A Side Note

This calls to mind something I read in Teach Like a Champion, a book I highly recommend.  At the beginning of chapter 2, Lemov suggests teachers need to teach with a “Begin with the End” in mind, the concept being to tailor lesson plans to objectives rather than vice versa.  I agree with this, however feel there are special lesson plans that are meaty, flexible, or worthy enough to incorporate as long as one primarily teaches according to objectives first.  As an example, the egg to chick project naturally coordinates with many elementary science concepts (living or nonliving, classification, adaptation, basic needs, environmental factors) or the project could simply incorporate scientific investigation objectives to encourage the wonder of life/learning.  Wanting to use an exceptional lesson plan doesn’t have to mean one is trying to push the square peg into the round hole when handled appropriately.  Always the safety and needs of the animals are met; we have local ranches willing to take the chicks where they live their lives happily as free range chickens.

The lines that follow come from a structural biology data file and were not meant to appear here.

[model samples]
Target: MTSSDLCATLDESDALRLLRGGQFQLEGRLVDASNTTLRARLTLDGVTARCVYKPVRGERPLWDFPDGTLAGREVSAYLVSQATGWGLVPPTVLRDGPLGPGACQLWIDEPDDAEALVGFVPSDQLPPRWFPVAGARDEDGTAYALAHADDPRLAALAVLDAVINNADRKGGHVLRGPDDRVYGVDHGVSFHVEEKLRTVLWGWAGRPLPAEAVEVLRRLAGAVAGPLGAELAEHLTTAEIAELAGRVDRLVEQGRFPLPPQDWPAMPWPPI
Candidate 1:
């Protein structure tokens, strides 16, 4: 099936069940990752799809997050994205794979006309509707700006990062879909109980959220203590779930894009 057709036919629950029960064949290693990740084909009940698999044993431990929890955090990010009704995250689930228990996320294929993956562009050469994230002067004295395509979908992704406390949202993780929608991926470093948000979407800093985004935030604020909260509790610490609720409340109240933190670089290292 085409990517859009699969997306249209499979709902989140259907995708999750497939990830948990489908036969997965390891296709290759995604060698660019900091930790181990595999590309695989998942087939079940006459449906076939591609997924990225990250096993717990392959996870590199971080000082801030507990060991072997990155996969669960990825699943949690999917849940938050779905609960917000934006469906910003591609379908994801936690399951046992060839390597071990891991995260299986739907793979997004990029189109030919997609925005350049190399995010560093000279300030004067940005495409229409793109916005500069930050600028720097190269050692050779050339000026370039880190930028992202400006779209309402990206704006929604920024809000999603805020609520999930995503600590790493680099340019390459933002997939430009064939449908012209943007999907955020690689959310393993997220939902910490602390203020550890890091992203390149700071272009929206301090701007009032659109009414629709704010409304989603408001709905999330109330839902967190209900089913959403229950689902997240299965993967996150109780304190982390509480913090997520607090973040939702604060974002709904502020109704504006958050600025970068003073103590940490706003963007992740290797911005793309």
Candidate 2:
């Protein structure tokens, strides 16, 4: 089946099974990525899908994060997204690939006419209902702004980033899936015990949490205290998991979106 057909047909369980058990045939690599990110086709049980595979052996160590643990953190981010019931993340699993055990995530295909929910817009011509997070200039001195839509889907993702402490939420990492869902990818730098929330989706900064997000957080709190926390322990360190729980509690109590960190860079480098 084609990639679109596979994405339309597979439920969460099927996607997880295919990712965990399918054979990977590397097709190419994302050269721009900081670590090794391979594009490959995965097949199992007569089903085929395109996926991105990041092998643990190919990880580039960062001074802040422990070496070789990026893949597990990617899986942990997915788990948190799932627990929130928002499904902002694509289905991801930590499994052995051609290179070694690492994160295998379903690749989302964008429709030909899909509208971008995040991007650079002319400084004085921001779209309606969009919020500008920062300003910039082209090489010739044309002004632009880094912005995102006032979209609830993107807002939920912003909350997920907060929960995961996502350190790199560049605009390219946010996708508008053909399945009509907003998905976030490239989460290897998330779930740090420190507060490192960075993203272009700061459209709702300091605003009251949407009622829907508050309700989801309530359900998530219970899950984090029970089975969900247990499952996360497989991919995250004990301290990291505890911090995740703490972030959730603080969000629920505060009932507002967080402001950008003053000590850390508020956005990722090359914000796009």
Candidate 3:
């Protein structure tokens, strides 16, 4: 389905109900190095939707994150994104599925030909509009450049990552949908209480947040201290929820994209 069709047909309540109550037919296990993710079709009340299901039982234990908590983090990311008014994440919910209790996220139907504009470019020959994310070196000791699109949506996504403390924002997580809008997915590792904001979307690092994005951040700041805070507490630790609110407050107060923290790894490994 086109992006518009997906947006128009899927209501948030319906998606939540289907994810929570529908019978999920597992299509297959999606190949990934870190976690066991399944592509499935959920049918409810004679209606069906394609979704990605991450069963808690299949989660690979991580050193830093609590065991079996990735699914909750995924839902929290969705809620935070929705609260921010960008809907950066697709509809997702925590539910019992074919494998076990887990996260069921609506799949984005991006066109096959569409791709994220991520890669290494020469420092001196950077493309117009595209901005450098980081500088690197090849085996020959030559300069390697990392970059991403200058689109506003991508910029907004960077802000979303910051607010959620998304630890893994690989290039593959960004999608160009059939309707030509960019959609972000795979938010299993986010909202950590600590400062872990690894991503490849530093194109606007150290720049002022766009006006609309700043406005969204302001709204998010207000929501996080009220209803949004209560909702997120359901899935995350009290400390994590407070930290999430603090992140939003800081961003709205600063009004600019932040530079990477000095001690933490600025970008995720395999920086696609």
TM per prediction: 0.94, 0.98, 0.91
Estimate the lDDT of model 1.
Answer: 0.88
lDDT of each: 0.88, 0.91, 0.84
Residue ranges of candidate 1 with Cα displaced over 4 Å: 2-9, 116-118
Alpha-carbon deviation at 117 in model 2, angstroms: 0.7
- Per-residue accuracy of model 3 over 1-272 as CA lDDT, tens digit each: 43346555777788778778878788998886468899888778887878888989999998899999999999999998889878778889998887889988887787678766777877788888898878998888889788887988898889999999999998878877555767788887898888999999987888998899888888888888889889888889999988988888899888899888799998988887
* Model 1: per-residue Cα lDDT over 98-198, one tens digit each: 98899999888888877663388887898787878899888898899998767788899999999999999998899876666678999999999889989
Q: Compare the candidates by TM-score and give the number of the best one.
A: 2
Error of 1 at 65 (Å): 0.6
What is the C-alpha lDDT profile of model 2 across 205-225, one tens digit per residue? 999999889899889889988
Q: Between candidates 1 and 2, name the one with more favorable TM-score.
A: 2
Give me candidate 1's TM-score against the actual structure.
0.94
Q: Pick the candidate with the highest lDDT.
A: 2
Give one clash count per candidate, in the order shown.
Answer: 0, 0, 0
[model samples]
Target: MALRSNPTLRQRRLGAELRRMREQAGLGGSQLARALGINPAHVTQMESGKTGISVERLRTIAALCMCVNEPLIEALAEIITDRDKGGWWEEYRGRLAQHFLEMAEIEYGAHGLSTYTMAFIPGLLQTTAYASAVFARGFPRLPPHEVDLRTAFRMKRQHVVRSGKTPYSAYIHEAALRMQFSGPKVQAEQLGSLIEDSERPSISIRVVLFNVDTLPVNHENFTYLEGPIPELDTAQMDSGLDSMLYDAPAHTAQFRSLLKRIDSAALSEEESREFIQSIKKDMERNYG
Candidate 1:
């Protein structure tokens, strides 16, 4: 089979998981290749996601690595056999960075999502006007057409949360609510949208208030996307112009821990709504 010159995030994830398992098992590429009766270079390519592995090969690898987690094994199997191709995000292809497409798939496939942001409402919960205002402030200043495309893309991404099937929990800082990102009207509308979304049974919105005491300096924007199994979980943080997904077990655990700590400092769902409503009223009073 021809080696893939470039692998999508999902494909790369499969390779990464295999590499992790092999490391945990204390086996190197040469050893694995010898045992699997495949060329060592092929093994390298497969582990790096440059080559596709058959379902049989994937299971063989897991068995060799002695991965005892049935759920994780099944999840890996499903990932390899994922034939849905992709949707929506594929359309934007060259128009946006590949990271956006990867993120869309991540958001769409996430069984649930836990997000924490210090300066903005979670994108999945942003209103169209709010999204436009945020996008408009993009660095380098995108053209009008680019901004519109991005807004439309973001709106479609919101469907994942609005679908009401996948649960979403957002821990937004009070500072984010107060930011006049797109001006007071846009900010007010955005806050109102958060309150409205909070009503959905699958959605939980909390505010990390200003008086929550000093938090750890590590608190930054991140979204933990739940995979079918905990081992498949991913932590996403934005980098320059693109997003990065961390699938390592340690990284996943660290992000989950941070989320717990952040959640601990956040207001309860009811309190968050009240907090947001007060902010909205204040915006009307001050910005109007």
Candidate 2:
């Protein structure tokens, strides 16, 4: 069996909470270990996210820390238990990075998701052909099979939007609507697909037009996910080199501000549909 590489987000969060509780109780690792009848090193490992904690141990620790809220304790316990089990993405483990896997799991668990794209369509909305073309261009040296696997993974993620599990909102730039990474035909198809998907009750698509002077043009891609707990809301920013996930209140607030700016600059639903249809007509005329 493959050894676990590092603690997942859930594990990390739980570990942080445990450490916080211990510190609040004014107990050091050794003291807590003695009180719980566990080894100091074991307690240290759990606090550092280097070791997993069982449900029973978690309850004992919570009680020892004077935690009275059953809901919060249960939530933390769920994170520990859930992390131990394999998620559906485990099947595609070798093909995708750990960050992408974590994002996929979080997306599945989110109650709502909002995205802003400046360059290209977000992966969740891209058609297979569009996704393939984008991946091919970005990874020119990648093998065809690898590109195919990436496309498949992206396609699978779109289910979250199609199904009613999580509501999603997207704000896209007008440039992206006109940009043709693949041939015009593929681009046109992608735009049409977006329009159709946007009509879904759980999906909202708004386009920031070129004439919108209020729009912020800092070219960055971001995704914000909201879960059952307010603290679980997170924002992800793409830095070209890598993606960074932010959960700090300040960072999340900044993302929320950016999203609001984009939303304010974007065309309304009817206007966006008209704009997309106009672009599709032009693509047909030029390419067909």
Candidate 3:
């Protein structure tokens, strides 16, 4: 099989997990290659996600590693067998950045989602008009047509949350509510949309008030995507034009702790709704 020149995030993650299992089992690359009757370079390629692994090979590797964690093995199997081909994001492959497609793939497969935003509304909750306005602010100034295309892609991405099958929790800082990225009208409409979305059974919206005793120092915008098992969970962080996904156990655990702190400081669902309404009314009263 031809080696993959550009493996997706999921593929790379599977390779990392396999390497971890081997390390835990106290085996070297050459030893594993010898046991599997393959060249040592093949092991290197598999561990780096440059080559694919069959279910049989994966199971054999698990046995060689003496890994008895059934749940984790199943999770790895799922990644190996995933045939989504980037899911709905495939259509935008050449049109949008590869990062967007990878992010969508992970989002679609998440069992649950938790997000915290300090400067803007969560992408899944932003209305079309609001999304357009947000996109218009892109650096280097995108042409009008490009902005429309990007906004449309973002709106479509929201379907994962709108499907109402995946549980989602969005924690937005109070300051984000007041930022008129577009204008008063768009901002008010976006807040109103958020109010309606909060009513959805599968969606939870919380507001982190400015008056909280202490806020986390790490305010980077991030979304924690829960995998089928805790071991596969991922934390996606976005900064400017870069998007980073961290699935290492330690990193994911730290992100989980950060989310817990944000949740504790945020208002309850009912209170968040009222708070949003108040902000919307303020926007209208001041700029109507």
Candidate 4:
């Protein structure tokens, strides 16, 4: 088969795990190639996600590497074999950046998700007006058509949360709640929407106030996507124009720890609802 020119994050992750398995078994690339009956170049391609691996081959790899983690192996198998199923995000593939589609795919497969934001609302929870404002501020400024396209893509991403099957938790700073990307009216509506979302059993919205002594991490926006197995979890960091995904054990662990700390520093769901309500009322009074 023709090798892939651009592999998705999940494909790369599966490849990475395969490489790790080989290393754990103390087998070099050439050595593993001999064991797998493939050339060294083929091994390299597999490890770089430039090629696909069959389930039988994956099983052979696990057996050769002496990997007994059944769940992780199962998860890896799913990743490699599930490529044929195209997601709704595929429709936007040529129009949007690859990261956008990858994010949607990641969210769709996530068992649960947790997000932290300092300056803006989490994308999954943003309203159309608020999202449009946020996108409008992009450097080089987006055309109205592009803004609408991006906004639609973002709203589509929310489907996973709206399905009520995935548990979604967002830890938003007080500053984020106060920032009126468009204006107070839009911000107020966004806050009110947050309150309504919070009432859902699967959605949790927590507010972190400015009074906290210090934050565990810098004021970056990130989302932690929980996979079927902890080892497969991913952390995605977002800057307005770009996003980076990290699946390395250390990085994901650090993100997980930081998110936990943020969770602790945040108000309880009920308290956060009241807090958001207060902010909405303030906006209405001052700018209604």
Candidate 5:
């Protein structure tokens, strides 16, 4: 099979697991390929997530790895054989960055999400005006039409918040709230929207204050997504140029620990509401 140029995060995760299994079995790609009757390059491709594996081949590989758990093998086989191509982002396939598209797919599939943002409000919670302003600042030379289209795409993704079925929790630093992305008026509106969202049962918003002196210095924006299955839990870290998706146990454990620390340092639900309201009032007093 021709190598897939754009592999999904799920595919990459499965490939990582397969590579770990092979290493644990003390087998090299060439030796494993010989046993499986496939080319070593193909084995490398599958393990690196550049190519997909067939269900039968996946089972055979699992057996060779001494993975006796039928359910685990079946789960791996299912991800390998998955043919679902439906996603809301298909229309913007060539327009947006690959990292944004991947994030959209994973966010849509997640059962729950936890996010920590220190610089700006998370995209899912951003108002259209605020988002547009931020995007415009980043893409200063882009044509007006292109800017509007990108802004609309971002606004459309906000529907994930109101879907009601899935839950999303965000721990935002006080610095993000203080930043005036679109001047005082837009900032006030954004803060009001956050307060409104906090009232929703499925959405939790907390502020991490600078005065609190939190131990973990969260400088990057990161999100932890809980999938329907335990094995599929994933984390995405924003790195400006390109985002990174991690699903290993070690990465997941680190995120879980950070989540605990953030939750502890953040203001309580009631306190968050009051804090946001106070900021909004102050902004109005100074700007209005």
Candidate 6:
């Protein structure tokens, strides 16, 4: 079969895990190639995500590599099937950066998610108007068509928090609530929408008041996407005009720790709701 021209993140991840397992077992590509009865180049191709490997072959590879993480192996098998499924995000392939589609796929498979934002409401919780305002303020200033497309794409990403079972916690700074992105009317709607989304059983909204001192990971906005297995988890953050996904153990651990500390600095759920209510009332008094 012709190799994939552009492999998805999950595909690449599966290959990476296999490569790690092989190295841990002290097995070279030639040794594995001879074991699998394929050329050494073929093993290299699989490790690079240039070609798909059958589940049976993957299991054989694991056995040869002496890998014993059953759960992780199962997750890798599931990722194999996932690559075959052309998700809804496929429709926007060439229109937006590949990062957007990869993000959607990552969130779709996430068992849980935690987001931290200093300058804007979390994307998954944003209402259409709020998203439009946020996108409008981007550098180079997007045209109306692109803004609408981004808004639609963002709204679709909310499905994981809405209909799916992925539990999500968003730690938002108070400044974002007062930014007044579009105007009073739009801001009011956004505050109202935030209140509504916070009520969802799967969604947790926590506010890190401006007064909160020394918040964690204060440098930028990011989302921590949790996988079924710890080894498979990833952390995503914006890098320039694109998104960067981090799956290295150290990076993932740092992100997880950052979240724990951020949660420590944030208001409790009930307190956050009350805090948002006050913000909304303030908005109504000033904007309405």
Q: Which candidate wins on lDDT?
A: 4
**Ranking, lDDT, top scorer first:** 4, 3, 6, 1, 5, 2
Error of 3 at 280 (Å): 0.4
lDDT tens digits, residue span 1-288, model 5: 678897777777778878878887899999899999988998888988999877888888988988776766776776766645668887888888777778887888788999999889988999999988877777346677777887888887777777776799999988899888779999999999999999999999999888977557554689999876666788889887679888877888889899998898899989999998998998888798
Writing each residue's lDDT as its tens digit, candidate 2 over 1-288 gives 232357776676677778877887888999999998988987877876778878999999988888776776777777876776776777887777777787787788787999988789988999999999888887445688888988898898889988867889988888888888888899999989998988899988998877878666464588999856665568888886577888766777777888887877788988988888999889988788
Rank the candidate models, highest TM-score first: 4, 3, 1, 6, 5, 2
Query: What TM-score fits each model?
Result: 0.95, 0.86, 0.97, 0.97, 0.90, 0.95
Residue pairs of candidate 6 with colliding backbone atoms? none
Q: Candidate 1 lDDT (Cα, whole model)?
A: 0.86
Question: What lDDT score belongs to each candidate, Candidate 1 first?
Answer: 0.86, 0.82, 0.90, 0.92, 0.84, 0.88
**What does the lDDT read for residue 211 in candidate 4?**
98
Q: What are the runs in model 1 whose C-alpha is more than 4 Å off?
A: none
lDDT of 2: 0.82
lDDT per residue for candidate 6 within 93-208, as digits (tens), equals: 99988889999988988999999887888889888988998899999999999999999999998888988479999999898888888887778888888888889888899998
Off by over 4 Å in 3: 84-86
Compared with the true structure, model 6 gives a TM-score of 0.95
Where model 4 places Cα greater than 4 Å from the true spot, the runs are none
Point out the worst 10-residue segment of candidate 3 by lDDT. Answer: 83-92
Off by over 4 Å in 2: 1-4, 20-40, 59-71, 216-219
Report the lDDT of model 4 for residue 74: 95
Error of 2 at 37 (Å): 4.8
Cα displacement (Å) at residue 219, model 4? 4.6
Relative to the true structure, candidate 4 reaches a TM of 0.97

Here are some helpful links:

Lancaster County 4H chick project

Sarasota County 4H chick project

Poetry reading of “Trees”

First Video Podcast

Improvements have been made to the first audio podcast, but I still don’t seem quite like myself.  I’d like to put a little more oomf into it – hmm not sure oomf is a word.  🙂  Zest works.  Voice is not as monotone.  Surprising obervation?  Video podcasts are easier than audio podcasts – at least for me.  In this video, I read “Trees” by Harry Behn in my backyard.  At one point, a chicken can be heard clucking, but I thought it added some fun to the video so I kept it.  The chosen assignment for this is to walk outdoors to find inspiration to write a poem.  It seems fitting since Earth Day just passed.  I also describe a future Venn diagram assignment comparing “Trees” with the student poet’s own poem.  Hope you enjoy!

Tree Poem2